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By Gary Evans, Medical Writer
Stress is not only unhealthy in the immediate moment for healthcare workers, it also leads to poor coping behavior that exacerbates the problem, researchers report.
They found that nurses with high stress and poor coping devices had difficulty with patients, working in teams, communicating with co-workers, and performing their jobs efficiently.
“We found in our study that stress alone does not kill you,” says Jagdish Khubchandani, PhD, co-author of the study and a health science professor at Ball State University in Muncie, IN. “It is stress coupled with bad coping that kills people. In every profession there is stress, but the moment you realize you are not able to manage it well you start coping poorly.”
The study found that 92% of the 120 nurses surveyed reported moderate to very high stress levels. In addition 78% slept less than eight hours per night, and only 31% exercised regularly. Almost a fourth of respondents met the criteria for binge drinking, and 70% said they consumed more junk food when under stress. Overall, 63% said they used food as a coping mechanism.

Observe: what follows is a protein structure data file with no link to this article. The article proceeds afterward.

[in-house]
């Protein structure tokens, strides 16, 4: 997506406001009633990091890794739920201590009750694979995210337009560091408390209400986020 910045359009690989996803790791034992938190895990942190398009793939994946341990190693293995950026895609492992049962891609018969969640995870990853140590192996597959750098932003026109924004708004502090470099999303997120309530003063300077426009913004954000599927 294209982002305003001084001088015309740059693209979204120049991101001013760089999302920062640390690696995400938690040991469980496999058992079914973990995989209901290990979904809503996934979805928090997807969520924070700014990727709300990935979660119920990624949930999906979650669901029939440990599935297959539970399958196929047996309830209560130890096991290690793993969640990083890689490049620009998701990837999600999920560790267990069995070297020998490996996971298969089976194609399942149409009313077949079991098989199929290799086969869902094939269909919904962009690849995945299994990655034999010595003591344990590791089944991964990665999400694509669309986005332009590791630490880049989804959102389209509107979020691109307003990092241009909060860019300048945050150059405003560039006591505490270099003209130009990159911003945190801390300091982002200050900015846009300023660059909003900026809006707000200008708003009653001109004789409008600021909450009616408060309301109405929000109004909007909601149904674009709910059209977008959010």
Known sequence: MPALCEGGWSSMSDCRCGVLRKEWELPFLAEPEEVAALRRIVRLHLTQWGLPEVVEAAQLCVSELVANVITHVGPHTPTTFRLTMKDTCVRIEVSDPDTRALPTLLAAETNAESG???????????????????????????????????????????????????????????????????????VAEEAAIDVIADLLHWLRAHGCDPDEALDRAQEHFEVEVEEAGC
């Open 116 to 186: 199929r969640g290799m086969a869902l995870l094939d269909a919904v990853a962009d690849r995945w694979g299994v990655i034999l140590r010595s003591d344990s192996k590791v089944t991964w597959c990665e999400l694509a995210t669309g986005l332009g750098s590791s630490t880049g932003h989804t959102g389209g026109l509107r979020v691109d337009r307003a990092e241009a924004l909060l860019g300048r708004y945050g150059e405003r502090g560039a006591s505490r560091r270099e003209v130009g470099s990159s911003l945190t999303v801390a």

“Healthcare professionals are trained how to take care of people and have the education to do that, but we are not trained on how to deal with our own stress and our own health," Khubchandani says. “They teach you about clinical skills, but they don’t tell you how to deal with supervisors, conflict, and the constant push from the patients. People get stressed, and they practice unhealthy behaviors because they are not trained to deal with all of these challenges.”
The authors also reported the effects of shift work, as nurses who worked eight hours weighed an average of 16 pounds less than nurses who worked twelve hours. In addition, nurses who worked full-time were heavier than their part-time counterparts. A similar weight increase was found in nurses who worked in medical/surgical departments or an ICU when compared with nurses in other departments.
“Nurses' body weights are likely influenced by their eating habits at work,” the authors reported. “Two of five nurses reported that they eat less healthy at work than they do at home. Barriers to healthy eating at work included limited choices of healthy foods, too much work to do during their shift -- not enough time to eat healthy -- and the cafeteria being closed during their shift.”
The findings suggest that wellness and health promotion programs are needed to counter stress and instill healthy coping habits. Nurses can help by proactively asking for resources to put such programs in place.
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